Wine softens tooth enamel: True/False?
Wine-softened enamel would be ripe for erosion by chewing or brushing. Sounds like another of those urban legends designed to add a tinge of guilt to any Bacchanalian revelry — is it for real? Well, yes...and no.
Yes it is true that wine erodes enamel. Erosion is a complicated process when you get down to it, with the tooth structure, chemical environment and mechanical wear all playing a part. As usual, with teeth, it’s the acid in wine that seems to be the chief chemical culprit. This demineralises the outer layer of enamel leaving it susceptible to being rubbed away by another tooth or even the bristles of a toothbrush. And once its gone it isn’t coming back. Wine tasters (as well as wine makers) who find themselves swilling the stuff all day do have to take precautions, from not brushing afterwards through special remineralising compounds to having their teeth coated with resin to keep the acid out.
But if you actually drink wine, rather than tasting it all day, there is probably nothing to worry about. Short of alcoholism (at which point you’ve got bigger problems than tooth decay) it seems that drinking wine is pretty harmless to teeth. Laboratory tests show that exposure for up to 90 seconds to wine doesn’t soften tooth enamel. And it is thought that in your mouth there is even more leeway because saliva helps buffer the acid blow.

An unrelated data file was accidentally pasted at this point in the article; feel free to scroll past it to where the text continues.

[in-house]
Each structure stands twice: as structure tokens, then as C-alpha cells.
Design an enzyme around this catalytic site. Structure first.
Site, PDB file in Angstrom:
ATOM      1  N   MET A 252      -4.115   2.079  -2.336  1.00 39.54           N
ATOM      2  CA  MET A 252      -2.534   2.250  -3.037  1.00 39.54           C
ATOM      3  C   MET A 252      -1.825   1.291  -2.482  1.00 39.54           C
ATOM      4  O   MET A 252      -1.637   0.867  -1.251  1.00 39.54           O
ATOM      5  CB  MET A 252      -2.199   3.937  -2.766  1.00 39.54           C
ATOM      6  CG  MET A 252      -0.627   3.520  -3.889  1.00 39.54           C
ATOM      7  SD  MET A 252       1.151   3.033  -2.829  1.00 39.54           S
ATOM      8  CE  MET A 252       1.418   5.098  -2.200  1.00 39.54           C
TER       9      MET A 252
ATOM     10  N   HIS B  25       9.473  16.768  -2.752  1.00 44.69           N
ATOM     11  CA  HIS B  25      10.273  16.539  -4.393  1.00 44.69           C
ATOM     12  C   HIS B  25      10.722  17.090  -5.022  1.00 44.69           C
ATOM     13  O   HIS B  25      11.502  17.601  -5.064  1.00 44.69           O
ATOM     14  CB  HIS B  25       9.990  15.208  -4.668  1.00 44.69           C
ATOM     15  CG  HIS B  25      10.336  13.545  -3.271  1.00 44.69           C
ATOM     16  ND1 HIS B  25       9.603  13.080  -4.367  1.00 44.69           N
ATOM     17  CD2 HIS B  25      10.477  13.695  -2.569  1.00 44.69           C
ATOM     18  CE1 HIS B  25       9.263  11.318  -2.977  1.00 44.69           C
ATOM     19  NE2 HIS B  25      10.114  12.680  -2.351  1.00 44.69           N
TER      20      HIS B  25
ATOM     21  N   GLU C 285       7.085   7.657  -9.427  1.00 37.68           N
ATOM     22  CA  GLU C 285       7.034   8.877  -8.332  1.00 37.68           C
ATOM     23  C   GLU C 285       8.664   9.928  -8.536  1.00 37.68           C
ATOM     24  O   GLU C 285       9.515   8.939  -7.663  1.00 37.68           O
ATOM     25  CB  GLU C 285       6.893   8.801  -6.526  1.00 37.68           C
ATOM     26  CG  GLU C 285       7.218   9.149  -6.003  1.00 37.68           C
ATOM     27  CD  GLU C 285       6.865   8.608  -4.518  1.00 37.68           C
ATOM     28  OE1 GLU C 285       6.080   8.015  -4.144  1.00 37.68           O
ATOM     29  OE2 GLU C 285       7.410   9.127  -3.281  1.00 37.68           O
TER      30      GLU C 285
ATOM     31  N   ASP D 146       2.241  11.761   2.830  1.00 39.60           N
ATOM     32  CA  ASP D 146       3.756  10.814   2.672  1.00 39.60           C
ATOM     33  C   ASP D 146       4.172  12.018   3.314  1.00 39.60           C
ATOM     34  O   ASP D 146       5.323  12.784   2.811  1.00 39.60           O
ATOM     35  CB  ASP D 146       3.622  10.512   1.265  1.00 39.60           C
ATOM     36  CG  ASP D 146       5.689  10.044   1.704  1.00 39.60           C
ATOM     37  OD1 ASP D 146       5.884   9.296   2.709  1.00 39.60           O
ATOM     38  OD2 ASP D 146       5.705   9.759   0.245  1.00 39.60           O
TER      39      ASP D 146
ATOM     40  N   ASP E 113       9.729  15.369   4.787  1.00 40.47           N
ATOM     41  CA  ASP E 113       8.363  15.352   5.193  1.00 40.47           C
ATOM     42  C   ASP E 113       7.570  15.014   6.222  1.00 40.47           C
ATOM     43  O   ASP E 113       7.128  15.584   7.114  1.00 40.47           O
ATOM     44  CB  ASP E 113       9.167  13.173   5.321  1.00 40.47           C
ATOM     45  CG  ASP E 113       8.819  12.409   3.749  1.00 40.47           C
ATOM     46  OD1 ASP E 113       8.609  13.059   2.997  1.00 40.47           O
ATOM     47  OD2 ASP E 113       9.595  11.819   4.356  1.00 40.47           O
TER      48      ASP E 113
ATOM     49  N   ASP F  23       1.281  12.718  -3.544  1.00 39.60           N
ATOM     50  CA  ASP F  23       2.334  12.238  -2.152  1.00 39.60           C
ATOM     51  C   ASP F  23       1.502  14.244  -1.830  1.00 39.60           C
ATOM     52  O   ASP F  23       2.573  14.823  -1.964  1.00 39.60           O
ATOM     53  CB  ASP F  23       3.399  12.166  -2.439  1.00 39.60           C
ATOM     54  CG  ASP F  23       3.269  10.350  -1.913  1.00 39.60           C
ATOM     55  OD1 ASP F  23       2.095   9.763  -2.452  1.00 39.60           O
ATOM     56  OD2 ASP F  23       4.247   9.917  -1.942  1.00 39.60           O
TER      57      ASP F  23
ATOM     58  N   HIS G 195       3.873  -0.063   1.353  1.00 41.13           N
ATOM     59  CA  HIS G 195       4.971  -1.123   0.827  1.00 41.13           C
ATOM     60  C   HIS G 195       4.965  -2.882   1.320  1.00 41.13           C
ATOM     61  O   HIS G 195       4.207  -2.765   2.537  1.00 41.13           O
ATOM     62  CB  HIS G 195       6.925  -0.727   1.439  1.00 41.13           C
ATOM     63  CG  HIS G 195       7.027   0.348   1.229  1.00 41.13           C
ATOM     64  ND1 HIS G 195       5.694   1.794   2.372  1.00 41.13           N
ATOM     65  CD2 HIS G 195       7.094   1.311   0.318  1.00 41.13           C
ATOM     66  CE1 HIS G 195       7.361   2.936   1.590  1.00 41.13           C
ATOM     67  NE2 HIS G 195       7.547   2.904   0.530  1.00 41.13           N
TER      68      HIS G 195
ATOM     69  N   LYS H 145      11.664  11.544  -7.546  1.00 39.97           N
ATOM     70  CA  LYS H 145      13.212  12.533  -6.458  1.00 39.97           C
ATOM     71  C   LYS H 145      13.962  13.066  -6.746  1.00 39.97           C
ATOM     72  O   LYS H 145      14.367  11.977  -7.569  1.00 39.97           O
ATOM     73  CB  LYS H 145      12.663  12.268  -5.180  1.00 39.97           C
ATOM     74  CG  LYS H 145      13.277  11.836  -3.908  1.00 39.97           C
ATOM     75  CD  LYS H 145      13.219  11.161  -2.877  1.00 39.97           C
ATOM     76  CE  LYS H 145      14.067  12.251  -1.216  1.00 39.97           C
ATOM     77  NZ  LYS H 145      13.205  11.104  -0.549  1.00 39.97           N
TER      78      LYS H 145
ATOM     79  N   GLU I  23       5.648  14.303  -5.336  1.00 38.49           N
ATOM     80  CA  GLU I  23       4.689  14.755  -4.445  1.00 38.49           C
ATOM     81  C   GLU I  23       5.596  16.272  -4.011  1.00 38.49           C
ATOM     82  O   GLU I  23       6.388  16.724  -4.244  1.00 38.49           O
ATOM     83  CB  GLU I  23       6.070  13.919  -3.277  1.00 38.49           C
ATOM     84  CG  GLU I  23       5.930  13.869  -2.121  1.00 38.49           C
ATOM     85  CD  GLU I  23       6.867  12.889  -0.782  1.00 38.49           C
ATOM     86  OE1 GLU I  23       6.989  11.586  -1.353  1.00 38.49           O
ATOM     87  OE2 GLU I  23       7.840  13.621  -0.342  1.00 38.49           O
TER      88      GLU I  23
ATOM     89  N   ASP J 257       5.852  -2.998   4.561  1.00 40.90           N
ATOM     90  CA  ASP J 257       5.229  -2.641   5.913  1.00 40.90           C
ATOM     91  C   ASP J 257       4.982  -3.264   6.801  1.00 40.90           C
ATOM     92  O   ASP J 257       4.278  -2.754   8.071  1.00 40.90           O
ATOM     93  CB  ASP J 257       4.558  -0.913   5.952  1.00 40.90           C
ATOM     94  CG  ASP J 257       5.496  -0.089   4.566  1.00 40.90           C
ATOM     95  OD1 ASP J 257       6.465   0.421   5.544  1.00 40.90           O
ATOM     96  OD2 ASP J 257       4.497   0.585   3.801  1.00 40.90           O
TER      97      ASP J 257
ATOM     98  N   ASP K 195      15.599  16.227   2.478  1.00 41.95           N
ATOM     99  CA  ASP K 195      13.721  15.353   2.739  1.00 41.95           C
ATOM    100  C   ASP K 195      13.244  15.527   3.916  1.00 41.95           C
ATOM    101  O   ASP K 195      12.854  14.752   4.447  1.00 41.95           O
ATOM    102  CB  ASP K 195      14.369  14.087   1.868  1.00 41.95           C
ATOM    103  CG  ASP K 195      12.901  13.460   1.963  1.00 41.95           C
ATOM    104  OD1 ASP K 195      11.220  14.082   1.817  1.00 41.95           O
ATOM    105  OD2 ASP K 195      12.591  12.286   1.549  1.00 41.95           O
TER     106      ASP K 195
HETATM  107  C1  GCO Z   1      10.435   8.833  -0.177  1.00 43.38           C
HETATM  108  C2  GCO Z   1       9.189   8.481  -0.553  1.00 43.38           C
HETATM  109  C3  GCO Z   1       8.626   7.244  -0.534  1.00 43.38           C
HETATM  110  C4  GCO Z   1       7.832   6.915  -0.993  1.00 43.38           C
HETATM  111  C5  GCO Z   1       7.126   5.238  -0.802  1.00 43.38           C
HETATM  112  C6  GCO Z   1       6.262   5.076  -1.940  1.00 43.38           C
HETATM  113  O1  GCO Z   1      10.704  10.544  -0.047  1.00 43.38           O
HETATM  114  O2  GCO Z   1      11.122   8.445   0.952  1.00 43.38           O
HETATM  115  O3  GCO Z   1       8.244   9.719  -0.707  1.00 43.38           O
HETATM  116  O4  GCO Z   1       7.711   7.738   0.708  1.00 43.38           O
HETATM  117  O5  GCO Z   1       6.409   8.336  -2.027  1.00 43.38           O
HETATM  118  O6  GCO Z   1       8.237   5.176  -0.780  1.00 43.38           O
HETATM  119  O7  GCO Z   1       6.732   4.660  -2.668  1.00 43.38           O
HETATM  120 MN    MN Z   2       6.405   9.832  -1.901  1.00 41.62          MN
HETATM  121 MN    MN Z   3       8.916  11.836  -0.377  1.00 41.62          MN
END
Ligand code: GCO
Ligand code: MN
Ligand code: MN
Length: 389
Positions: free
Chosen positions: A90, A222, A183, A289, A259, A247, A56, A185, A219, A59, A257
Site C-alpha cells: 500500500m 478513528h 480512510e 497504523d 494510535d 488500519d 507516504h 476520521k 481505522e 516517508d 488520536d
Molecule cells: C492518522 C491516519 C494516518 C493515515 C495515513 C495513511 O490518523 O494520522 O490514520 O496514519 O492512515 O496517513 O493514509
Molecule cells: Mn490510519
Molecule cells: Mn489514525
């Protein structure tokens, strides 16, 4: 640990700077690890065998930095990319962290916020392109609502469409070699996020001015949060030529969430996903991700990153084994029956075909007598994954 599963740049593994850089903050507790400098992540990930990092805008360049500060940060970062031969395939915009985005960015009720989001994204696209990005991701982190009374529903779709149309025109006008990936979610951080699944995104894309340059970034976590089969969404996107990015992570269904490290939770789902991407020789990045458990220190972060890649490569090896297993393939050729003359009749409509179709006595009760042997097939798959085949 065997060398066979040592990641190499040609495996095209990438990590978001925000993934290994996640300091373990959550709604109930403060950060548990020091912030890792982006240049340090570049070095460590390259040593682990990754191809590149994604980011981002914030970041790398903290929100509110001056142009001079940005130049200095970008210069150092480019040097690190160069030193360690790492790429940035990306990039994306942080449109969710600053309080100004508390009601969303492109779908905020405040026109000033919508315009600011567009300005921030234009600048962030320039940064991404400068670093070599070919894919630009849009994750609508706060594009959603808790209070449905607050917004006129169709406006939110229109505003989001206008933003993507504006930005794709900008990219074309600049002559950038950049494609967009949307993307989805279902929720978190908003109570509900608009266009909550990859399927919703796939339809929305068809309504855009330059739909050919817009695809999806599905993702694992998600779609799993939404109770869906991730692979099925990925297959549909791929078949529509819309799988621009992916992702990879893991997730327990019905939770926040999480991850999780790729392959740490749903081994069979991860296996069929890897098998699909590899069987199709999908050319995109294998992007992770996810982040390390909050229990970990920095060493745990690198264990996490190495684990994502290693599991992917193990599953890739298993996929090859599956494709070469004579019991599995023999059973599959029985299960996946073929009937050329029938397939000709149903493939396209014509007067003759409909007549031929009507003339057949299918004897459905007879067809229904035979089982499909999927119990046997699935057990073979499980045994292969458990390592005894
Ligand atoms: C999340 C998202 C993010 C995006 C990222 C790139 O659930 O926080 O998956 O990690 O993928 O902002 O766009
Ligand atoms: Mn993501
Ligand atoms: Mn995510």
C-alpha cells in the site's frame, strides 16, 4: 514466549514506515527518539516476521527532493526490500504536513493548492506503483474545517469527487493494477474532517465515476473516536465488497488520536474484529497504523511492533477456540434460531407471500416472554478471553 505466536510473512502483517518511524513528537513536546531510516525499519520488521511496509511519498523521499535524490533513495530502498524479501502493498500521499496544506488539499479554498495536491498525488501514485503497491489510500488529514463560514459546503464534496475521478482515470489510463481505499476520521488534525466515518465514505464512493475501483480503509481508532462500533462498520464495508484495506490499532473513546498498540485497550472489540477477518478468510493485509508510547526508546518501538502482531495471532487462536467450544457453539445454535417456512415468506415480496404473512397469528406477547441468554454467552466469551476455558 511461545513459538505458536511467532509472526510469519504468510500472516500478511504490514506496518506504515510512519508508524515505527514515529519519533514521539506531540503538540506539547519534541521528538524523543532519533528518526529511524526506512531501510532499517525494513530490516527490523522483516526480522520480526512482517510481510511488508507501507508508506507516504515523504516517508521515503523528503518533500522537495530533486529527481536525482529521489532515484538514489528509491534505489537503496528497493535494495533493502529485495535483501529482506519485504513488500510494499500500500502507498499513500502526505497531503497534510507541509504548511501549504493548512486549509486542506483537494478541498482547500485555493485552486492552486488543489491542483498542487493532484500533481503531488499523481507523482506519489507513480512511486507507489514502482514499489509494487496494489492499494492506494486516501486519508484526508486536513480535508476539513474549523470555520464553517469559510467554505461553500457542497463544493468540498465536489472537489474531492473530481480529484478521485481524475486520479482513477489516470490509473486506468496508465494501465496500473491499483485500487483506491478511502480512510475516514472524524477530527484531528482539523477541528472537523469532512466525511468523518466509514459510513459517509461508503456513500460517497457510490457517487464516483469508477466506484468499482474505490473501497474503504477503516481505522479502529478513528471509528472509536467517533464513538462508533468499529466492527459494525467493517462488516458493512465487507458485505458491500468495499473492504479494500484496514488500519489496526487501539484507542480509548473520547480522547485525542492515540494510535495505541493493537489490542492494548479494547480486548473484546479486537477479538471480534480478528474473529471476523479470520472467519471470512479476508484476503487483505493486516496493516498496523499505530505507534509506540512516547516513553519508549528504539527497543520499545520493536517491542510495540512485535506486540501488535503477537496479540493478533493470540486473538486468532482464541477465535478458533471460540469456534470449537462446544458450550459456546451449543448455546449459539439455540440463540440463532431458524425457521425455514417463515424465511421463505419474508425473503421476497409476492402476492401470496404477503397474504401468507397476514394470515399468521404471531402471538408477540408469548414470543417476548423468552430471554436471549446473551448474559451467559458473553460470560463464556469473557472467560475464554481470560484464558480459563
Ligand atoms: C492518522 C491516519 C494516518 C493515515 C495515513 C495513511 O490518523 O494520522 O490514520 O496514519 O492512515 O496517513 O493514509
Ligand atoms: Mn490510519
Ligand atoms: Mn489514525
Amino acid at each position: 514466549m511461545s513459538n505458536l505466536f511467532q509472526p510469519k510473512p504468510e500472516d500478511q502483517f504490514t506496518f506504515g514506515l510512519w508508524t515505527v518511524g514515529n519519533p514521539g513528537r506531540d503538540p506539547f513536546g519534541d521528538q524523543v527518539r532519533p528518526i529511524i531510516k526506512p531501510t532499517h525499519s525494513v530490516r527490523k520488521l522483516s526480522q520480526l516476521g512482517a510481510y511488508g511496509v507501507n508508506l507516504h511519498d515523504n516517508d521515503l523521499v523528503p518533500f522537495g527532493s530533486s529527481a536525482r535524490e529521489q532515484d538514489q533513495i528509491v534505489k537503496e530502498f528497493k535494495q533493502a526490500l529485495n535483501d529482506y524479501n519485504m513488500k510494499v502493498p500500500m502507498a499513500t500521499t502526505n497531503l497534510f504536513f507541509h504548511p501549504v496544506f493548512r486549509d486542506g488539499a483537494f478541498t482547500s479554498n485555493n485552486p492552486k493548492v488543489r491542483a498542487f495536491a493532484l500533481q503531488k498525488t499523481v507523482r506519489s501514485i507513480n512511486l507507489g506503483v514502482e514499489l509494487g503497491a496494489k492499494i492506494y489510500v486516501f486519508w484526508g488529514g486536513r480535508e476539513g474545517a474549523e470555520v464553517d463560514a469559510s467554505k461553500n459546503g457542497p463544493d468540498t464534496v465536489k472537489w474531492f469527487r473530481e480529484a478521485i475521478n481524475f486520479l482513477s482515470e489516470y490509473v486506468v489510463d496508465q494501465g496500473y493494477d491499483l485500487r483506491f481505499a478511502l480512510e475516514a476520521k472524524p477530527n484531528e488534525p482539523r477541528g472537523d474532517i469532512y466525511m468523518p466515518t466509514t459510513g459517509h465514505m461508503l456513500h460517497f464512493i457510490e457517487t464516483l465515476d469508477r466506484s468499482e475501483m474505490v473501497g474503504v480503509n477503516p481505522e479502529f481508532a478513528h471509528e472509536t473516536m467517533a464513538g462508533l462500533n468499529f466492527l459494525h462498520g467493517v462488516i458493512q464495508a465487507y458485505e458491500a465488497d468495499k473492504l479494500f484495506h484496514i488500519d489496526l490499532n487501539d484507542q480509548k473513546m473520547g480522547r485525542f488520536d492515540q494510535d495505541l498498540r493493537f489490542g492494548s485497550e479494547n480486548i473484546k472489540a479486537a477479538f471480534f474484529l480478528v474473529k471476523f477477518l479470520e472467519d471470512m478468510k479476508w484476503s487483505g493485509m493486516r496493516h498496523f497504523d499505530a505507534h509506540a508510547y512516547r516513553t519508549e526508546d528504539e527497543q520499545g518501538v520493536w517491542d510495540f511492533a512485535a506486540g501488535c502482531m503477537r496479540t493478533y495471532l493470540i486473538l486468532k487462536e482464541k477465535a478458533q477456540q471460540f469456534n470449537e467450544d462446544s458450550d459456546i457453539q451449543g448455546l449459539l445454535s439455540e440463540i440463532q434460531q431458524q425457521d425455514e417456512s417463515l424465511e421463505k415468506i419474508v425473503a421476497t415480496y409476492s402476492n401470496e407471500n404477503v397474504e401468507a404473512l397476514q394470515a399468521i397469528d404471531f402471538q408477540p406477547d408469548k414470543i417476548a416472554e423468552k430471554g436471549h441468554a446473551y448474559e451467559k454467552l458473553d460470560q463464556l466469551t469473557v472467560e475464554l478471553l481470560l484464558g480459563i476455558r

What you really need to watch out for are those soft drinks. Even though many of these drinks are less acidic than wine, not all acids are created equal and other ingredients in both wine and soft drinks affect the action of the acids they contain. It probably won’t surprise you to learn that orange juice is bad for teeth, but even apple juice is more corrosive than red wine.
Yes, if you’re swilling it round in your mouth all day, wine — and many other drinks — will soften tooth enamel. But a few glasses, while they may soften your brain a bit, will leave your teeth intact.